When we reviewed the 2005 Honda Element last year, we found beneath its bizarre, boxy exterior a practical, spacious people-mover with plenty of cargo room and a number of surprisingly advanced audio features. Well, there's not much change to report for the 2006 model year. The 2006 Honda Element retains all of the preschool plastic controls, the ruggedized interior features (including a urethane floor covering), and the engine options of its predecessor. One of the few changes is the availability of color-coded bumpers, which serve to smarten up what remains a--how shall we put it--unique exterior profile. But people aren't going to buy the Element for its aesthetic design. They'll buy it because it's one of the only cars on the market that can be hosed out and left to dry without incurring any real lasting damage to its interior fittings and fixtures.
We've had a couple of years to get used to the mini-UPS delivery-truck styling of the Honda Element, so when our 2006 Element EX-P all-wheel-drive tester arrived it wasn't too much of a shock to see it up close. The P stands for paint, which Honda will now apply to the front and rear fenders of an Element for an extra $500 (for the 2007 model year, the painted panels will be standard on all EX's). Inside, the 2006 Element is all but unchanged from the 2005 model: all-round plastic fixtures and fittings suggest the primacy of practicality over comfort. Forward and rear visibility are as good as one would expect for a mobile greenhouse, although with the rear seats folded up toward the sides of the cargo area, three-quarter visibility is severely impeded.
The EX-P trim level gives the Element painted front and rear fenders.
Headroom and legroom are also plentiful in both the front and back seats, although the way the floor rises in the back may have taller rear passengers feeling as if they're sitting very close to the ground. Having dispensed with the concept of aerodynamics, the designers of the Element have reserved plenty of room for storage space: a mesh-lined, roof-mounted bin gives the driver and front passenger somewhere to store sunglasses, and additional cabin space is found in the large glove box and recess area in front of the front passenger. While there is room for a central storage console, this is conspicuously absent, and drivers find themselves reaching down into an abyss between the two seats to access cup holders and to operate the parking brake.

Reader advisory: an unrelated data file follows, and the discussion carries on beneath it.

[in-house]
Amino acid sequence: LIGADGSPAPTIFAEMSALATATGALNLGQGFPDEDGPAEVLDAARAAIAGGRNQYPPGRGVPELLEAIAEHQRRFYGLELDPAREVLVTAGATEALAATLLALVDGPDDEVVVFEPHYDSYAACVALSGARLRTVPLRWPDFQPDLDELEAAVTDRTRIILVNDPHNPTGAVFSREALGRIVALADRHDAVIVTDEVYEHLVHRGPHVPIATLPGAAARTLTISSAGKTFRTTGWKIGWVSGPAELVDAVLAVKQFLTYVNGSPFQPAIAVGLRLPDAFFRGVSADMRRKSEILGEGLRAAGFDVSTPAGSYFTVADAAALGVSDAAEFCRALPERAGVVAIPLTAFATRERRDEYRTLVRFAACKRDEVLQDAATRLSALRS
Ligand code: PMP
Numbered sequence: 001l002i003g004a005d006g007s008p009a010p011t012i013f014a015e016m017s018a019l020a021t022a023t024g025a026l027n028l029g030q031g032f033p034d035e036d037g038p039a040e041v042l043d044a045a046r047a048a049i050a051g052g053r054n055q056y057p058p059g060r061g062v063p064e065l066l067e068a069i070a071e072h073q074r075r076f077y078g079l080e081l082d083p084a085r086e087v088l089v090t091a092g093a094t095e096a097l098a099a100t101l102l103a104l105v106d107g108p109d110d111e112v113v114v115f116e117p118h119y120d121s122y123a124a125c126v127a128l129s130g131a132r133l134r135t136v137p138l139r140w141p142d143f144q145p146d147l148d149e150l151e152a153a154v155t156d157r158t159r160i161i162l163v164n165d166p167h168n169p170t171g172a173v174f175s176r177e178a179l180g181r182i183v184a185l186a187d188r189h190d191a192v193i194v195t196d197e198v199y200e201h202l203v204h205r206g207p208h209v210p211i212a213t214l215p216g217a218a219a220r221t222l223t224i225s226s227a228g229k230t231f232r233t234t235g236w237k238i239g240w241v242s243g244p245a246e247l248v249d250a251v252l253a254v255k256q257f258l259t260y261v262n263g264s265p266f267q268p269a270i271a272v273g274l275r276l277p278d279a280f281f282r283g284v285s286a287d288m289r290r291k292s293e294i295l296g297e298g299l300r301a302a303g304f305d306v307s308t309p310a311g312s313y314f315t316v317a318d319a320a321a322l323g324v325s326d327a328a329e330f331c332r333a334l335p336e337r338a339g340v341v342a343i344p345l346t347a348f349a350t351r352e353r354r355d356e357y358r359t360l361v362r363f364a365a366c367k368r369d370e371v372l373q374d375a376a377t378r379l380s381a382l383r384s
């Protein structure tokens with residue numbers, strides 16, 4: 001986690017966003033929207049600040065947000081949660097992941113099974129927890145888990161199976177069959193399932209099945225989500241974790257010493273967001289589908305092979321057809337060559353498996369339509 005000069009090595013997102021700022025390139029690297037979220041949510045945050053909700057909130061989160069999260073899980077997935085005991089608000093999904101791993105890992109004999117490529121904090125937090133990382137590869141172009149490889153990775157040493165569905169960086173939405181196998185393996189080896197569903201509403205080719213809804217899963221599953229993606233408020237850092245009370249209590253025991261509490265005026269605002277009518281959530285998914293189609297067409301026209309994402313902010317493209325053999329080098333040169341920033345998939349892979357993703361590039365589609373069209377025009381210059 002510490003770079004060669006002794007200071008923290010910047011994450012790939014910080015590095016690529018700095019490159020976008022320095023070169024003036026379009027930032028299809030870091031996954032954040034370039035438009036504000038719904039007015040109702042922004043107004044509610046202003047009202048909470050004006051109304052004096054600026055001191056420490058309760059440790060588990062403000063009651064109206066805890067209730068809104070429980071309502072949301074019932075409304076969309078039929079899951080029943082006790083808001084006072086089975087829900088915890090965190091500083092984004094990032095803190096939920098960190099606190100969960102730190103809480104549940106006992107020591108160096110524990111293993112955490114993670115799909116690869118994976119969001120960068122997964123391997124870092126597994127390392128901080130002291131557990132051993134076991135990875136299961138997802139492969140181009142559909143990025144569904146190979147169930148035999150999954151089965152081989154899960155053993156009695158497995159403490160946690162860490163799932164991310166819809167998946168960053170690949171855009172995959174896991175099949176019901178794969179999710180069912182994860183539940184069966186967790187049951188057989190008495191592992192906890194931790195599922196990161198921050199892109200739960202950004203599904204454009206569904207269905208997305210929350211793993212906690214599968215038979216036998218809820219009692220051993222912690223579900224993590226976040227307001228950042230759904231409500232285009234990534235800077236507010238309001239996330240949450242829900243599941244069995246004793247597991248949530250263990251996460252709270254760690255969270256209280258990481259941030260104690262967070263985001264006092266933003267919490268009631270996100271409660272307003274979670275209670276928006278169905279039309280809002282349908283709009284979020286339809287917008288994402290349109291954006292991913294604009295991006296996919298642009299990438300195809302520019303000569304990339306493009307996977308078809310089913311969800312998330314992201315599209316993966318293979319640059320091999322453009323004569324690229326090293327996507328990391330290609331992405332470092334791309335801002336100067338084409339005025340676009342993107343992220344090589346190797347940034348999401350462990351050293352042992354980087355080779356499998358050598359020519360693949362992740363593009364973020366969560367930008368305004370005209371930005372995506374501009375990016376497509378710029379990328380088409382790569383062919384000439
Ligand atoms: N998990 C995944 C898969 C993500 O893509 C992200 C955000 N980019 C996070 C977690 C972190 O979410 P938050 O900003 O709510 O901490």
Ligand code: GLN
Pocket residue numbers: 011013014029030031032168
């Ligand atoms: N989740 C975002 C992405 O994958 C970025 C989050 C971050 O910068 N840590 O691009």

One of the Element's surprises is the presence of only two rear seats: for a car with such a surfeit of interior space, the ability to carry only four passengers is disappointing. Another gripe we have is the operation of the rear doors, which have no separate door handles and which can only be opened outward in suicide fashion when the front doors are open. This is a pain for independently minded rear passengers who want to come and go as they please, or when tightly squeezed in a parking space. And, in a serious design flaw, the front seat belts are attached to the rear doors, so the driver or front passenger must unlatch their seat belts when rear passengers exit.
Getting in and out of the Element's rear doors is a hassle.
Cargo room and interior versatility are two of the real selling points of the 2006 Honda Element. With the rear seats folded outwards and hooked onto the handrails, the Element boasts an impressive 75 cubic feet of cargo space. That space can also be put to use by converting the Element into a camper van, by reclining front and rear seats and turning the interior into two beds. Available only on the EX, the sunroof above the Element's rear cargo area seems designed either to allow people thus reclined to have a view of the stars or to give any on-board dogs a bit of ventilation.
Stereo for the 21st Century